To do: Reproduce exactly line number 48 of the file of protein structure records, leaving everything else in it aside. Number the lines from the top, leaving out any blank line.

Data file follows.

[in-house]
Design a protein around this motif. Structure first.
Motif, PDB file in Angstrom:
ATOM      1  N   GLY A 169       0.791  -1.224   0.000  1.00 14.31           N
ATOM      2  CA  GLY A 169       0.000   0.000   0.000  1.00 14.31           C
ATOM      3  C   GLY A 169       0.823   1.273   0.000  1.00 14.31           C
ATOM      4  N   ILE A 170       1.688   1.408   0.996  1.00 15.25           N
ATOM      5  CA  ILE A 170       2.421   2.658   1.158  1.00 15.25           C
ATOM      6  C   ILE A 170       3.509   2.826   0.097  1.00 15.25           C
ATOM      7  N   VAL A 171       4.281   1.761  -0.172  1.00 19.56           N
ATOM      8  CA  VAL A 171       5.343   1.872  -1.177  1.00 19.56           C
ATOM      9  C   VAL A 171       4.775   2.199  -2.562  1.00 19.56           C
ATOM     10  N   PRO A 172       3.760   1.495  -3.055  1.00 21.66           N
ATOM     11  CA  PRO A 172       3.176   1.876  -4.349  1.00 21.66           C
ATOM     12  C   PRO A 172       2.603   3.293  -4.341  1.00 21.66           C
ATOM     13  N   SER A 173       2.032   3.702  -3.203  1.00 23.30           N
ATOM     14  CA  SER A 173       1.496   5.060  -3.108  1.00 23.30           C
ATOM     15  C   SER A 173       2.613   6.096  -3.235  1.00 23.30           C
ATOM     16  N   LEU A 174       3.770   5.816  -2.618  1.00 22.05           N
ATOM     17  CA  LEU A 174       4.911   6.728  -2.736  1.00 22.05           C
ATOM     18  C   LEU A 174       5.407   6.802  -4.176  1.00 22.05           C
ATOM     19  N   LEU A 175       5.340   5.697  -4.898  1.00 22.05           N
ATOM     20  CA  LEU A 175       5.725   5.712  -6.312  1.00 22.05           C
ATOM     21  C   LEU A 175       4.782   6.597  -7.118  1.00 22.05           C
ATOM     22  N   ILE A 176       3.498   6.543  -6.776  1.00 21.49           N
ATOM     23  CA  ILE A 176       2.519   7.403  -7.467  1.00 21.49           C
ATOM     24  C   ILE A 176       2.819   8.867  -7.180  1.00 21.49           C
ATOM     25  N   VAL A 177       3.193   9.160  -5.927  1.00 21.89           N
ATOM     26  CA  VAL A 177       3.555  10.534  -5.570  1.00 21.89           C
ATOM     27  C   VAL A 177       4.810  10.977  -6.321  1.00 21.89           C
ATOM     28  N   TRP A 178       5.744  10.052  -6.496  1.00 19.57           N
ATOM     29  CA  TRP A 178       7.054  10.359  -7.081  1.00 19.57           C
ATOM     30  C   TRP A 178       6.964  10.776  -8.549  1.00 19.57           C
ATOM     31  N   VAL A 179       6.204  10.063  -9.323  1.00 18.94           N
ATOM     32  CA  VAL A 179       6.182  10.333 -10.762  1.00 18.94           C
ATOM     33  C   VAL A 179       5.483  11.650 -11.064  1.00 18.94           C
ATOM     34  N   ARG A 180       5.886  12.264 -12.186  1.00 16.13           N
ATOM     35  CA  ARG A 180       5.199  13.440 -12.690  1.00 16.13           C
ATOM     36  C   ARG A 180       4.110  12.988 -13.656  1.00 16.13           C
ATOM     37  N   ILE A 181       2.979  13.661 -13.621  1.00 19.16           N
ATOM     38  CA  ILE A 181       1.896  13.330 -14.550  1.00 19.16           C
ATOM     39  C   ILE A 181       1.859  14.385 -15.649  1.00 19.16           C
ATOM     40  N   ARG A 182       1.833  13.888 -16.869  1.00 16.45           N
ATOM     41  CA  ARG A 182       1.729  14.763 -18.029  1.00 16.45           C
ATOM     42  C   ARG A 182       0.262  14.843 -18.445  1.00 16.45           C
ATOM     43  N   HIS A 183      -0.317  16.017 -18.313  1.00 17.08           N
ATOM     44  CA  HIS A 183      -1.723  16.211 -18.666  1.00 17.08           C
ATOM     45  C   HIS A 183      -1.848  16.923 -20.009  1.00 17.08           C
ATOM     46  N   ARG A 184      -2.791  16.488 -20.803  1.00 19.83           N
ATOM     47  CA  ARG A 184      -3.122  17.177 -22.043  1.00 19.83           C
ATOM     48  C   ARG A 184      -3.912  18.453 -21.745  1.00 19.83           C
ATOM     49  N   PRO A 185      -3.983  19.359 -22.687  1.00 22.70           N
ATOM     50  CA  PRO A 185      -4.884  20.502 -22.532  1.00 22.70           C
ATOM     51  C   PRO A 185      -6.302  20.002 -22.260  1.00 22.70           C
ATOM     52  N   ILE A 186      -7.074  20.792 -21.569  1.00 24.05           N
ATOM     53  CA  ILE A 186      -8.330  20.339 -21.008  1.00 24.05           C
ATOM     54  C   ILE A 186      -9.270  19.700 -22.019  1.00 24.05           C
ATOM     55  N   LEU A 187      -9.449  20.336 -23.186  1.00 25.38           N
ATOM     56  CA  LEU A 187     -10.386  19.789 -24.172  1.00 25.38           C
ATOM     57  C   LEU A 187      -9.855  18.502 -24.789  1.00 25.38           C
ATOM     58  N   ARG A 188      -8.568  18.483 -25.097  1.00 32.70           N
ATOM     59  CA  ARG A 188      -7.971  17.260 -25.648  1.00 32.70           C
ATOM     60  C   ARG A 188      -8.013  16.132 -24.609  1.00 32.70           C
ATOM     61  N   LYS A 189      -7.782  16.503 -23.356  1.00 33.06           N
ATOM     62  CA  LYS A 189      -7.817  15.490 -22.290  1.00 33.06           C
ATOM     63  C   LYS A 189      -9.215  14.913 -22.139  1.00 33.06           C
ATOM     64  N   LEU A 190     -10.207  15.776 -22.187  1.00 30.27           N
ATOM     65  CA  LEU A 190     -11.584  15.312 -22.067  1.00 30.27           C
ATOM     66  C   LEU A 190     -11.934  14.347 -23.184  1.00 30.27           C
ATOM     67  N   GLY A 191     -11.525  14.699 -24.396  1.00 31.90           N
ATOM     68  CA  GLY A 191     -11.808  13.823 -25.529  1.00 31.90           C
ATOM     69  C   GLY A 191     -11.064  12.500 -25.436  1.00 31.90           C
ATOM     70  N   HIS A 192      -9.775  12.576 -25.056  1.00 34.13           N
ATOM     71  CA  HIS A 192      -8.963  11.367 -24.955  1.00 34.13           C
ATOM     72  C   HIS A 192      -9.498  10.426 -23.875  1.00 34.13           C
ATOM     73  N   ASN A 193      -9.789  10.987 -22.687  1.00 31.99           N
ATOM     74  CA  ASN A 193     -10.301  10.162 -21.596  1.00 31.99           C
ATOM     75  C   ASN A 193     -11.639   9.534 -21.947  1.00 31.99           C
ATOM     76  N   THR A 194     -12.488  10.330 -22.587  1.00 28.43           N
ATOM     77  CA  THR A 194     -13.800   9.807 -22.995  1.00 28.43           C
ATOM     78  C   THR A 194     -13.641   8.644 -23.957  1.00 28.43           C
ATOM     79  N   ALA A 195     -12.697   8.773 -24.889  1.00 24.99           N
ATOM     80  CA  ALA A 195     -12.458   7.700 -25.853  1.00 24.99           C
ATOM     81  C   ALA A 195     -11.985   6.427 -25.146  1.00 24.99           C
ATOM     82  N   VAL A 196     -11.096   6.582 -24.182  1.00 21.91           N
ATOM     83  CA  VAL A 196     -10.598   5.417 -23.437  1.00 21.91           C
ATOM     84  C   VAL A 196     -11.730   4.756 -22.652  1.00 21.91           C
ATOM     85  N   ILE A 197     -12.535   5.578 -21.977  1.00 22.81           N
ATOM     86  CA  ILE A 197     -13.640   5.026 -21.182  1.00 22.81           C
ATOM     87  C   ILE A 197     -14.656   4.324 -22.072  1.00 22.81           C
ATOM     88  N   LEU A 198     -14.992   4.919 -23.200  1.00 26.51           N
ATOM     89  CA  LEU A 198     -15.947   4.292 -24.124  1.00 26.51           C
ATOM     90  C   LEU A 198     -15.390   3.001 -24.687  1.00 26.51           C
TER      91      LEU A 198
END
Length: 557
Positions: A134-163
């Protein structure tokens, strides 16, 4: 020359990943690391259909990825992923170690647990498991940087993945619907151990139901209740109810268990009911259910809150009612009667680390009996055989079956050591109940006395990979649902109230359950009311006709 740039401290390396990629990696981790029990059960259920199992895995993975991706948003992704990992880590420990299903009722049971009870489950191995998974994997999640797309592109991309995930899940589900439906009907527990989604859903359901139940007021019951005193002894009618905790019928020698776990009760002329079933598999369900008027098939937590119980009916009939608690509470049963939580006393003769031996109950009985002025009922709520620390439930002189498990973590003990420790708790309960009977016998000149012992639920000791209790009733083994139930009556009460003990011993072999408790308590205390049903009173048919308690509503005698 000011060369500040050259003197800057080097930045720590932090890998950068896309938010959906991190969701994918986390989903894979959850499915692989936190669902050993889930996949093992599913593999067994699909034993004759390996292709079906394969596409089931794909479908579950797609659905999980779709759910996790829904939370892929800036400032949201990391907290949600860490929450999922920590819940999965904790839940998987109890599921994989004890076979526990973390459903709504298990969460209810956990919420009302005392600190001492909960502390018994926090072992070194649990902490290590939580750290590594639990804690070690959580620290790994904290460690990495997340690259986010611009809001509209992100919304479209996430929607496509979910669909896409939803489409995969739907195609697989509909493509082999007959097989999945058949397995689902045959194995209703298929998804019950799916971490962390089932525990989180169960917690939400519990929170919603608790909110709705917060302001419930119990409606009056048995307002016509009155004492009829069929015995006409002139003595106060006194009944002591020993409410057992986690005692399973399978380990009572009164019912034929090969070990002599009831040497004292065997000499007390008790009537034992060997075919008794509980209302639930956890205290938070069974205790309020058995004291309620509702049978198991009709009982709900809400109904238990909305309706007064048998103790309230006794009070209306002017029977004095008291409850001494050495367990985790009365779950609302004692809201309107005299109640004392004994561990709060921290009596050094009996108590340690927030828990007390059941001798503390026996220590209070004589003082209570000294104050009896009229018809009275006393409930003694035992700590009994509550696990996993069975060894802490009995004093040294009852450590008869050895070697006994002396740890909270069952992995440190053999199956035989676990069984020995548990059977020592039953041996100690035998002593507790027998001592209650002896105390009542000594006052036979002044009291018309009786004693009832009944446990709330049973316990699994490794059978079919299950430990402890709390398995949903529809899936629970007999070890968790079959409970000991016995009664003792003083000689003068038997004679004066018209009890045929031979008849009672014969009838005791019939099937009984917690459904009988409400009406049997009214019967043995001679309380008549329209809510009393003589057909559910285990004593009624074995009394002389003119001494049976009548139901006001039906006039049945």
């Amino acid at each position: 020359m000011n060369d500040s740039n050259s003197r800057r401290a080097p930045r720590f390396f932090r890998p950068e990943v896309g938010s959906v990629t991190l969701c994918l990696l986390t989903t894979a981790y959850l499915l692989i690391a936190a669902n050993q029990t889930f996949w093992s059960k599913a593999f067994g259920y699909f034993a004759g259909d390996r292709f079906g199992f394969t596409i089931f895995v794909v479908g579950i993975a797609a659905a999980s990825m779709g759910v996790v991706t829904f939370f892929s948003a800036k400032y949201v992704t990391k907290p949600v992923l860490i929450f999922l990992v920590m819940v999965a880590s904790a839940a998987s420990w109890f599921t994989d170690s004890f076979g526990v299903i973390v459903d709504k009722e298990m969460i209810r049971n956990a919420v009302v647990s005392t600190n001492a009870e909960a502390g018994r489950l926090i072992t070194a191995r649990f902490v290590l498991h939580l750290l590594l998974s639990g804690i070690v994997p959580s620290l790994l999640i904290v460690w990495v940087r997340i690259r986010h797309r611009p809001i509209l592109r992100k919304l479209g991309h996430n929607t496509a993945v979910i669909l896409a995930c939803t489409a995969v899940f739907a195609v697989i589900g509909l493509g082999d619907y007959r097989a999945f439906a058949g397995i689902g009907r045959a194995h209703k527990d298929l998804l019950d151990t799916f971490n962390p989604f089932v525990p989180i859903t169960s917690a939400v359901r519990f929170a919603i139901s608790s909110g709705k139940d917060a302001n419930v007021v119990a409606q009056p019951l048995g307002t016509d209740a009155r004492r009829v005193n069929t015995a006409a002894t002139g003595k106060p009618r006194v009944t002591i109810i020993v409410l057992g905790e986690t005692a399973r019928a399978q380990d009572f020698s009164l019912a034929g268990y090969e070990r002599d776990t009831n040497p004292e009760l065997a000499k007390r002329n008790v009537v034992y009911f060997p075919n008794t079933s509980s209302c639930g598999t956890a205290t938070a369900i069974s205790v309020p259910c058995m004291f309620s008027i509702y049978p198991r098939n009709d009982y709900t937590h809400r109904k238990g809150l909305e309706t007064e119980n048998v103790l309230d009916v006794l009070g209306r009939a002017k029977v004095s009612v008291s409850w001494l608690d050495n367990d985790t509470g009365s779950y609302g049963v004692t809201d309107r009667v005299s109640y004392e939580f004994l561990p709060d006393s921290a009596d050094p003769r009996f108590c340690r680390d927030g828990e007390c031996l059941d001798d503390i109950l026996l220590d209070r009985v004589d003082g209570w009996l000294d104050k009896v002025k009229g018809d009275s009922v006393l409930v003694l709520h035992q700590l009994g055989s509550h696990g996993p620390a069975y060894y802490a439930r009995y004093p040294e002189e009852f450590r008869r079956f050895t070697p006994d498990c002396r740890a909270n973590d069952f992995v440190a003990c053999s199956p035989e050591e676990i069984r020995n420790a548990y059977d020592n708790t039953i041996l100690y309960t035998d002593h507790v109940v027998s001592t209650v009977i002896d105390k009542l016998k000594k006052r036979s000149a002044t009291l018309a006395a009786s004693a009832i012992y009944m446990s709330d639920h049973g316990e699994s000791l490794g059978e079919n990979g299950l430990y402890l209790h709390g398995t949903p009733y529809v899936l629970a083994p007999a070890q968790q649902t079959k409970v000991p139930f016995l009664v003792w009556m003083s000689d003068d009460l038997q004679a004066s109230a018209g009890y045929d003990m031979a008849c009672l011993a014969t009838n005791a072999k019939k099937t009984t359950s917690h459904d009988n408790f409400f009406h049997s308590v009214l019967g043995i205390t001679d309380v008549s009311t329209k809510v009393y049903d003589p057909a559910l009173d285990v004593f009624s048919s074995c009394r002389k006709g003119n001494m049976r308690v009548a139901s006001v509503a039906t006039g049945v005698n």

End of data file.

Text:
ATOM     45  C   HIS A 183      -1.848  16.923 -20.009  1.00 17.08           C